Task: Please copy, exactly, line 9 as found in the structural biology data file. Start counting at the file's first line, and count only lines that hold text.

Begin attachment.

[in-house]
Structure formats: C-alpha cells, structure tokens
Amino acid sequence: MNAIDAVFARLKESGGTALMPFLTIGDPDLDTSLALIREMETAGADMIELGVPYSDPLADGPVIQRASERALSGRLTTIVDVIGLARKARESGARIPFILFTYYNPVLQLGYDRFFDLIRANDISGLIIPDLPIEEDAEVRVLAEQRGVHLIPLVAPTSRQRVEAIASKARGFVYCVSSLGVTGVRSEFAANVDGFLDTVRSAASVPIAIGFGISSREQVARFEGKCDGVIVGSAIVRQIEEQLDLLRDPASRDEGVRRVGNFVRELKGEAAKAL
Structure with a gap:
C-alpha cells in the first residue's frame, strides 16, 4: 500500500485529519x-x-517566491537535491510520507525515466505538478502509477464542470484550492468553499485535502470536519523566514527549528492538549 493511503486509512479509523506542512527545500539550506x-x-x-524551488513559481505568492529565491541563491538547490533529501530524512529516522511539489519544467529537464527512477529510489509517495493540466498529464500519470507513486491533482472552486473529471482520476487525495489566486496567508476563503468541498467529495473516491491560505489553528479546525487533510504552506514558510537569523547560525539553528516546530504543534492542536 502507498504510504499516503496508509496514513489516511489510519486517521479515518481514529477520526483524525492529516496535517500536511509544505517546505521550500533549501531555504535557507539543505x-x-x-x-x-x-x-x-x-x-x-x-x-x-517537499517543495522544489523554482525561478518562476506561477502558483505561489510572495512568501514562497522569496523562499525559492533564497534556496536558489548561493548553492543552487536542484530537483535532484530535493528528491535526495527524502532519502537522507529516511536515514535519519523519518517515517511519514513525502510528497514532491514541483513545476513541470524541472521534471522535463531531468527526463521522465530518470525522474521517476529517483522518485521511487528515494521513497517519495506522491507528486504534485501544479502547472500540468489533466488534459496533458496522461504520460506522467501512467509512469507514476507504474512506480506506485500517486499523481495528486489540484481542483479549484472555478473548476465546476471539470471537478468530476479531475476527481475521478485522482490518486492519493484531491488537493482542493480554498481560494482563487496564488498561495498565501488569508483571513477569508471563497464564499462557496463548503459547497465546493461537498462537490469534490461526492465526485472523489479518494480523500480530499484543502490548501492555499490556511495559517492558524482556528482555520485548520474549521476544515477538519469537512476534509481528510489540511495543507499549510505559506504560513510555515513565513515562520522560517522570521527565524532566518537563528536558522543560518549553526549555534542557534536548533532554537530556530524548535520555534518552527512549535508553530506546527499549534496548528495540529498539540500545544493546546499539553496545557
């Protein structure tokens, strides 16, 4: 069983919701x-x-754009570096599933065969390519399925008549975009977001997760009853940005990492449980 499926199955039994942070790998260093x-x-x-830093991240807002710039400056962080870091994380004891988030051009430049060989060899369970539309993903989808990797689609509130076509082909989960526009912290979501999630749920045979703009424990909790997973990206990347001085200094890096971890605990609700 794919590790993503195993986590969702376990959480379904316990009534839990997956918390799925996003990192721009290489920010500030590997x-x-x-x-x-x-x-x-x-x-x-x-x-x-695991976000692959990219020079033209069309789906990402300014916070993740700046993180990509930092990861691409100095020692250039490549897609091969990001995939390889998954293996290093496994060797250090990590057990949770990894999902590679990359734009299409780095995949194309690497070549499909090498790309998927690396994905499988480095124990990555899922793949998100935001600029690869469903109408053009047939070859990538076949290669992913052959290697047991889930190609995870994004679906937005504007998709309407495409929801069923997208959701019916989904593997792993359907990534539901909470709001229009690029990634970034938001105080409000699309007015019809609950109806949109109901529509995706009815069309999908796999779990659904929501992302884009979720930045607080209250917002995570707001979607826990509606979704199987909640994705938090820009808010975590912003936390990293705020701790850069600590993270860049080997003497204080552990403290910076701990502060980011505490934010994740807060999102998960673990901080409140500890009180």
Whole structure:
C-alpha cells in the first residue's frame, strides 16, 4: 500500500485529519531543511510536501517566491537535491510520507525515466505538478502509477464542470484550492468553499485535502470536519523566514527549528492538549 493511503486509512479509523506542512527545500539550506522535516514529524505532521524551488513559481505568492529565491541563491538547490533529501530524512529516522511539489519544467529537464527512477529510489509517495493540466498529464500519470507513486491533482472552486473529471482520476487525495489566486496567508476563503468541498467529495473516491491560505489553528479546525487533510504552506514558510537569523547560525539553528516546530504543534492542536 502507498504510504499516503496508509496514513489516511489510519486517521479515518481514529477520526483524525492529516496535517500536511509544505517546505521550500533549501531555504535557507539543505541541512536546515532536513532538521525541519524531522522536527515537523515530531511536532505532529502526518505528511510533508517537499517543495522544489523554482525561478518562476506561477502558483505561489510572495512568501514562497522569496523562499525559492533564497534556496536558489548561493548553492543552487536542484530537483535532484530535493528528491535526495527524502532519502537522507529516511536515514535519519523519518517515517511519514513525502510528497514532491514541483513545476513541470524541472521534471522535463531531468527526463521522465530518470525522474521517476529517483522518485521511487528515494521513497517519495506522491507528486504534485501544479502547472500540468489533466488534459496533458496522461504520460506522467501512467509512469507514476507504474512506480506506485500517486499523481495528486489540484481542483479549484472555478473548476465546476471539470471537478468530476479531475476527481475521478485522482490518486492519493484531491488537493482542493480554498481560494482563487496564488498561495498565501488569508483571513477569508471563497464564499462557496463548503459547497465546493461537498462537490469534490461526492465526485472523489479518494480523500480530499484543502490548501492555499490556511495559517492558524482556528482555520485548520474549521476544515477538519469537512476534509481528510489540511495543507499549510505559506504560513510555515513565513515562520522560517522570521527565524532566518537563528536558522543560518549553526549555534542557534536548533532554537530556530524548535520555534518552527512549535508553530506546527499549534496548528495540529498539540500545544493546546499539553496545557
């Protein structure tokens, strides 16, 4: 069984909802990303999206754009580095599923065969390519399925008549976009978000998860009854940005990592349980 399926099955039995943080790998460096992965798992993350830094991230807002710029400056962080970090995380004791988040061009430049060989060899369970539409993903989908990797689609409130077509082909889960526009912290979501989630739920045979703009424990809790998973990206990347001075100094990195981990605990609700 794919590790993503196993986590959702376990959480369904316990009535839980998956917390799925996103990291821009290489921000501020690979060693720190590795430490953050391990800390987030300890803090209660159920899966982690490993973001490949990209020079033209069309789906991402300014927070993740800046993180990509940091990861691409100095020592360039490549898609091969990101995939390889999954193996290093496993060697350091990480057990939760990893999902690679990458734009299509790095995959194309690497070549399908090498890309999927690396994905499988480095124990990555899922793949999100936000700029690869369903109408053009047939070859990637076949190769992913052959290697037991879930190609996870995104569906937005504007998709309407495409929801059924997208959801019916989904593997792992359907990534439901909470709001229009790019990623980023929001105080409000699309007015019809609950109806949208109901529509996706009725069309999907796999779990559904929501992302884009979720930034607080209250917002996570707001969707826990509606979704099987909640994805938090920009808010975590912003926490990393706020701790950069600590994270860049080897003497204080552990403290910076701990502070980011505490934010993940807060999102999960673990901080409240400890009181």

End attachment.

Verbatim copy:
């Protein structure tokens, strides 16, 4: 069984909802990303999206754009580095599923065969390519399925008549976009978000998860009854940005990592349980 399926099955039995943080790998460096992965798992993350830094991230807002710029400056962080970090995380004791988040061009430049060989060899369970539409993903989908990797689609409130077509082909889960526009912290979501989630739920045979703009424990809790998973990206990347001075100094990195981990605990609700 794919590790993503196993986590959702376990959480369904316990009535839980998956917390799925996103990291821009290489921000501020690979060693720190590795430490953050391990800390987030300890803090209660159920899966982690490993973001490949990209020079033209069309789906991402300014927070993740800046993180990509940091990861691409100095020592360039490549898609091969990101995939390889999954193996290093496993060697350091990480057990939760990893999902690679990458734009299509790095995959194309690497070549399908090498890309999927690396994905499988480095124990990555899922793949999100936000700029690869369903109408053009047939070859990637076949190769992913052959290697037991879930190609996870995104569906937005504007998709309407495409929801059924997208959801019916989904593997792992359907990534439901909470709001229009790019990623980023929001105080409000699309007015019809609950109806949208109901529509996706009725069309999907796999779990559904929501992302884009979720930034607080209250917002996570707001969707826990509606979704099987909640994805938090920009808010975590912003926490990393706020701790950069600590994270860049080897003497204080552990403290910076701990502070980011505490934010993940807060999102999960673990901080409240400890009181």